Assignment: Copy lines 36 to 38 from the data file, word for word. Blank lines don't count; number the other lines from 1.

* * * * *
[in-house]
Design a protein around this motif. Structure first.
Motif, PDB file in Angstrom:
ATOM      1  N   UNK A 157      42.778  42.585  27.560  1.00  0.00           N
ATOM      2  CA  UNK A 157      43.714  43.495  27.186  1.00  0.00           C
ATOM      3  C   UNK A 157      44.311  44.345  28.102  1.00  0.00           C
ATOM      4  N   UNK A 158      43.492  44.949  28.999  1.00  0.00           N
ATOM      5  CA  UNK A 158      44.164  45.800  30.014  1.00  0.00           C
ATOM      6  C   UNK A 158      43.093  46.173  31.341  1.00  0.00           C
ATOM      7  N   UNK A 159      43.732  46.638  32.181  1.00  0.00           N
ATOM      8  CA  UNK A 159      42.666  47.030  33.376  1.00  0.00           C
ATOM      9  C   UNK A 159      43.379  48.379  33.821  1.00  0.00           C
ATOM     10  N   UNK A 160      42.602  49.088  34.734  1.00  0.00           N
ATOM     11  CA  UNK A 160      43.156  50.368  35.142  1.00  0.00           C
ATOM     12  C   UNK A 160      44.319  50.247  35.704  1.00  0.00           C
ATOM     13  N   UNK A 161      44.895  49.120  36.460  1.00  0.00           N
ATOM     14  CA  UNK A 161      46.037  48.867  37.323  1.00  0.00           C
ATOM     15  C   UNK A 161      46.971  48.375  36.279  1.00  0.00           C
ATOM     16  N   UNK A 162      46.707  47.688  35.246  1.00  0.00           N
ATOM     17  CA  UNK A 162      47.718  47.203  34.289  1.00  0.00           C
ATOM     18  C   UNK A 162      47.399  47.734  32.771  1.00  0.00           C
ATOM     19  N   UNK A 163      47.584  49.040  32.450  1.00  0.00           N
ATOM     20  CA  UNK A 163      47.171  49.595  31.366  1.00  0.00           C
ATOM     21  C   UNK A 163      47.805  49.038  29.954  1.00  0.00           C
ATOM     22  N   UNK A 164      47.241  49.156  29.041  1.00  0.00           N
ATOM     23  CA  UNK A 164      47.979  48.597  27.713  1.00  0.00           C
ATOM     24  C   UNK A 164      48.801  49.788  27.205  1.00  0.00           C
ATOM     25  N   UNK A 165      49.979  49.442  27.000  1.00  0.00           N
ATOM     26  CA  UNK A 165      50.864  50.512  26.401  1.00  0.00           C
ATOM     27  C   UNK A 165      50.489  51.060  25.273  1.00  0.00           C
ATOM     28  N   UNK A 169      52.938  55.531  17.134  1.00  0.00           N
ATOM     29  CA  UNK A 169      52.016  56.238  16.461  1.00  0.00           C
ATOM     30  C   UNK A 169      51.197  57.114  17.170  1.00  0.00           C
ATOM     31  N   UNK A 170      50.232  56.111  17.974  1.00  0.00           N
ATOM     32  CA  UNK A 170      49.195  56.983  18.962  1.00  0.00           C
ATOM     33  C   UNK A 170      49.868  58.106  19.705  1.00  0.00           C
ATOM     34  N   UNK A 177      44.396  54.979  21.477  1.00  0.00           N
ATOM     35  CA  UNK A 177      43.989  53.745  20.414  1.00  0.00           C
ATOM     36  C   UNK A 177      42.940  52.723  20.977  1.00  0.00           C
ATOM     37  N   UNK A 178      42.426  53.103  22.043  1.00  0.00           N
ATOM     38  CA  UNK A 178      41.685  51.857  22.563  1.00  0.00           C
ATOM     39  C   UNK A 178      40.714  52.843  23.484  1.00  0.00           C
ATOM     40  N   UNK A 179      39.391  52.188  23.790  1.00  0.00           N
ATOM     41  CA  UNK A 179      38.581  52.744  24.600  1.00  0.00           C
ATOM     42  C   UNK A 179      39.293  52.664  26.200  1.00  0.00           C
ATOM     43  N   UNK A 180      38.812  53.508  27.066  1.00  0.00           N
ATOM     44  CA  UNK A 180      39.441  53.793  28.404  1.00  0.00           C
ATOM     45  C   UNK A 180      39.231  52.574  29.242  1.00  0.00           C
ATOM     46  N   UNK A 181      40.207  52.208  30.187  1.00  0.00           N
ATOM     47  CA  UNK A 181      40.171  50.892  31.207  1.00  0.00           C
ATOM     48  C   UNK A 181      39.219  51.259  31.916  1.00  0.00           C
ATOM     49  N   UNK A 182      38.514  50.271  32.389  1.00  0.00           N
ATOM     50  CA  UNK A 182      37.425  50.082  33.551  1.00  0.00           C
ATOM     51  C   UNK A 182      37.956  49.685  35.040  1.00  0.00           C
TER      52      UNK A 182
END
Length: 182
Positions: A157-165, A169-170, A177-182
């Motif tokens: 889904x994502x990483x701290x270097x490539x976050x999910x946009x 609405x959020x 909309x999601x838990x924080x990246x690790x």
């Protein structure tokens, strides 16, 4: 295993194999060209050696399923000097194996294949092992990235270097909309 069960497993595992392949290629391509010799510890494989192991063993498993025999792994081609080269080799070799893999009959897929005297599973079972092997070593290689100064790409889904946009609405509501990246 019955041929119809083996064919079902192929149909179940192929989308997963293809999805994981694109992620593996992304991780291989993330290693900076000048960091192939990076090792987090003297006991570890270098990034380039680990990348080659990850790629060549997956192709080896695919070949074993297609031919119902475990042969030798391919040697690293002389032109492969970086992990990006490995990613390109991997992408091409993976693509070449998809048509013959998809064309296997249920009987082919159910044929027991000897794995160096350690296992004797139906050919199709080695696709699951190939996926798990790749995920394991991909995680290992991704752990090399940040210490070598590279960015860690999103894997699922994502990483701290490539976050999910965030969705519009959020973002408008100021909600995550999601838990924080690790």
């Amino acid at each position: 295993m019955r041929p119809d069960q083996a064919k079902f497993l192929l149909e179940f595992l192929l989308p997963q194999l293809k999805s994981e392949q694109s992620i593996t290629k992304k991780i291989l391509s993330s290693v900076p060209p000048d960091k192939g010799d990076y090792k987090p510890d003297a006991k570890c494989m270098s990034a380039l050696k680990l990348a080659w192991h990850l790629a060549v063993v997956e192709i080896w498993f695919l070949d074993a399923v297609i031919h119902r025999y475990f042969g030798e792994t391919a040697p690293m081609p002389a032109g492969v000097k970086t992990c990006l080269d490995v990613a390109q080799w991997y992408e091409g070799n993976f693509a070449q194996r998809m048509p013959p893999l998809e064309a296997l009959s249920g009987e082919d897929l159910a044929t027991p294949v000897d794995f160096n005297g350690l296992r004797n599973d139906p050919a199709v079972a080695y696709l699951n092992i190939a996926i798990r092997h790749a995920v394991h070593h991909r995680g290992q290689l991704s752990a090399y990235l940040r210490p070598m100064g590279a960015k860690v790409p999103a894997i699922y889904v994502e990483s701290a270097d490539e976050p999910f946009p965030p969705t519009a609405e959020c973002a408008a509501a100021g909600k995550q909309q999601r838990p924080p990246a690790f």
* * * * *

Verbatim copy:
ATOM     33  C   UNK A 170      49.868  58.106  19.705  1.00  0.00           C
ATOM     34  N   UNK A 177      44.396  54.979  21.477  1.00  0.00           N
ATOM     35  CA  UNK A 177      43.989  53.745  20.414  1.00  0.00           C